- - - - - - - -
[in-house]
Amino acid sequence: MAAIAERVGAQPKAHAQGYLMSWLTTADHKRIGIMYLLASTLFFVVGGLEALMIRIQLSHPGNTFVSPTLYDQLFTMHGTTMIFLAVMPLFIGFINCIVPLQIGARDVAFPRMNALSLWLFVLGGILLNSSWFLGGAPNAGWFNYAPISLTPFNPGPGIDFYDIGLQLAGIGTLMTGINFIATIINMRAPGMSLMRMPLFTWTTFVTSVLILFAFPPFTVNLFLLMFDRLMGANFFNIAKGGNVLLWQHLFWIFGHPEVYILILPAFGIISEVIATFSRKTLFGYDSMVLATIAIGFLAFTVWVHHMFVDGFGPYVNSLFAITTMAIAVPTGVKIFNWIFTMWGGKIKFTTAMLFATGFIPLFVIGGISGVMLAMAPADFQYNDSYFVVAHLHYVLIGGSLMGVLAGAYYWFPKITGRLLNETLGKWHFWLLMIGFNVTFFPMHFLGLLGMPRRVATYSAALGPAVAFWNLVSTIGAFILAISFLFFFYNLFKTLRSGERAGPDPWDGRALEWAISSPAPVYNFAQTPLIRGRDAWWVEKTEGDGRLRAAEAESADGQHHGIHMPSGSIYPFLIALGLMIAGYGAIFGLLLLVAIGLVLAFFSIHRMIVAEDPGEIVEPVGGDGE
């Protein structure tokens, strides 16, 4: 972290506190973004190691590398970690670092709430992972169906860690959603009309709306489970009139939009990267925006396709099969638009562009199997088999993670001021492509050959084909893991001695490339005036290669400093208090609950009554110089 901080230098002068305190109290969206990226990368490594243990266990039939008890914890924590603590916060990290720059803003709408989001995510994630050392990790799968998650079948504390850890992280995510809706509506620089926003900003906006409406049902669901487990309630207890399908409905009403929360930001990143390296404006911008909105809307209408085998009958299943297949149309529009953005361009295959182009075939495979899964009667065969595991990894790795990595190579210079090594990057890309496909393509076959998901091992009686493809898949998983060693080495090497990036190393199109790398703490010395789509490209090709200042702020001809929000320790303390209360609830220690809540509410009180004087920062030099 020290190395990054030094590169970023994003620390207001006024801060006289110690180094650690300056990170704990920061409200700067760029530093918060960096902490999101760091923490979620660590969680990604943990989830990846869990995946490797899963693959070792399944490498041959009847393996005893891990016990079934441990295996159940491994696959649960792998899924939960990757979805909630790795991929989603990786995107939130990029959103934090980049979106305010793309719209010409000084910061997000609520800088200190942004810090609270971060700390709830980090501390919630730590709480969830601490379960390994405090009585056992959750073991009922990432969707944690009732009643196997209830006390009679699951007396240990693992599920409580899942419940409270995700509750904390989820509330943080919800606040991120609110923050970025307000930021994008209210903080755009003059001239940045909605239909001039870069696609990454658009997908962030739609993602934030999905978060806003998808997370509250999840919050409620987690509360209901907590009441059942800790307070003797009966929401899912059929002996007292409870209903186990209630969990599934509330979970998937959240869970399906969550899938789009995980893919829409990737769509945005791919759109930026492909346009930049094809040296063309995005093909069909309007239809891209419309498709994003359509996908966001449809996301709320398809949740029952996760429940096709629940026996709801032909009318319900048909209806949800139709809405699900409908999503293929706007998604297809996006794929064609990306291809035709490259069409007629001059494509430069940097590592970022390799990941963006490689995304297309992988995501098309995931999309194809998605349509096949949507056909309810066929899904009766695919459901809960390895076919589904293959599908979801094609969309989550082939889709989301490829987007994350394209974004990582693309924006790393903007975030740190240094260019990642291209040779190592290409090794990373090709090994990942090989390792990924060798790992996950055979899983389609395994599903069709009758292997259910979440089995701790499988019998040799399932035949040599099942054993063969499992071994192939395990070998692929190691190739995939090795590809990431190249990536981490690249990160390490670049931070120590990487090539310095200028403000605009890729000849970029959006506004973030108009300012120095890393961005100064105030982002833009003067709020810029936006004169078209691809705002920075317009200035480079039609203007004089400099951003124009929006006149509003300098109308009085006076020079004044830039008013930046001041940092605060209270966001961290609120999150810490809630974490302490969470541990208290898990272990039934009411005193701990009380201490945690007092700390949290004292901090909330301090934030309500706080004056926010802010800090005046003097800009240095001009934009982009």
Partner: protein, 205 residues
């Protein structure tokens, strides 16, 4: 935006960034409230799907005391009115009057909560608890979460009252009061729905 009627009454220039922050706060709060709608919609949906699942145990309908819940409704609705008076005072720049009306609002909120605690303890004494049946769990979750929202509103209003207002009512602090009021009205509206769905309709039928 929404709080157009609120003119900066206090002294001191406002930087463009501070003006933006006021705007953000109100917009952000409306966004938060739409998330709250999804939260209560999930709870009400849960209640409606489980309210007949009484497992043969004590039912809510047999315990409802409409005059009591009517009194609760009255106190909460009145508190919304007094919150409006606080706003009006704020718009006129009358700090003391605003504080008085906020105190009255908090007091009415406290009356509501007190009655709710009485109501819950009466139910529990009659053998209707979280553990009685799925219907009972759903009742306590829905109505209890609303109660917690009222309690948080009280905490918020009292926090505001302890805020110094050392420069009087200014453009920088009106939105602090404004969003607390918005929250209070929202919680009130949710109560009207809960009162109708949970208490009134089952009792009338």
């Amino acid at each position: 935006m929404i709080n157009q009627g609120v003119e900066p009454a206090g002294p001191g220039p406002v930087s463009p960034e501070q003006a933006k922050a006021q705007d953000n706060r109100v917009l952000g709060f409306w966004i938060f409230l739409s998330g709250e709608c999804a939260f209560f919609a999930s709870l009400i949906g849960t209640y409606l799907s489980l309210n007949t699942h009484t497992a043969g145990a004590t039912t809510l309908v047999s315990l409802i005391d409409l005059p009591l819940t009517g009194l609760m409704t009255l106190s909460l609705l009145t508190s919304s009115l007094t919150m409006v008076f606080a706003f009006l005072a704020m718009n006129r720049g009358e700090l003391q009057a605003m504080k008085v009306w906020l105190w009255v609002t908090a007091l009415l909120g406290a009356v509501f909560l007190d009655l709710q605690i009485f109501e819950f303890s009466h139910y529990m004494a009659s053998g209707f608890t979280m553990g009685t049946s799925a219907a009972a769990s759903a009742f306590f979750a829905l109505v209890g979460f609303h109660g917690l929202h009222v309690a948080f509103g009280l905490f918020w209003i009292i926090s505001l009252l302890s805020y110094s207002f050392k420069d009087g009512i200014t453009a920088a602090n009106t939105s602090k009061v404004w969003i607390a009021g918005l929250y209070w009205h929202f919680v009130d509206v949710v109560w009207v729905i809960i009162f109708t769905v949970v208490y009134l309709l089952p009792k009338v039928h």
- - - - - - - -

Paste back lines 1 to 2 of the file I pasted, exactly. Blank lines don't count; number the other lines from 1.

[in-house]
Amino acid sequence: MAAIAERVGAQPKAHAQGYLMSWLTTADHKRIGIMYLLASTLFFVVGGLEALMIRIQLSHPGNTFVSPTLYDQLFTMHGTTMIFLAVMPLFIGFINCIVPLQIGARDVAFPRMNALSLWLFVLGGILLNSSWFLGGAPNAGWFNYAPISLTPFNPGPGIDFYDIGLQLAGIGTLMTGINFIATIINMRAPGMSLMRMPLFTWTTFVTSVLILFAFPPFTVNLFLLMFDRLMGANFFNIAKGGNVLLWQHLFWIFGHPEVYILILPAFGIISEVIATFSRKTLFGYDSMVLATIAIGFLAFTVWVHHMFVDGFGPYVNSLFAITTMAIAVPTGVKIFNWIFTMWGGKIKFTTAMLFATGFIPLFVIGGISGVMLAMAPADFQYNDSYFVVAHLHYVLIGGSLMGVLAGAYYWFPKITGRLLNETLGKWHFWLLMIGFNVTFFPMHFLGLLGMPRRVATYSAALGPAVAFWNLVSTIGAFILAISFLFFFYNLFKTLRSGERAGPDPWDGRALEWAISSPAPVYNFAQTPLIRGRDAWWVEKTEGDGRLRAAEAESADGQHHGIHMPSGSIYPFLIALGLMIAGYGAIFGLLLLVAIGLVLAFFSIHRMIVAEDPGEIVEPVGGDGE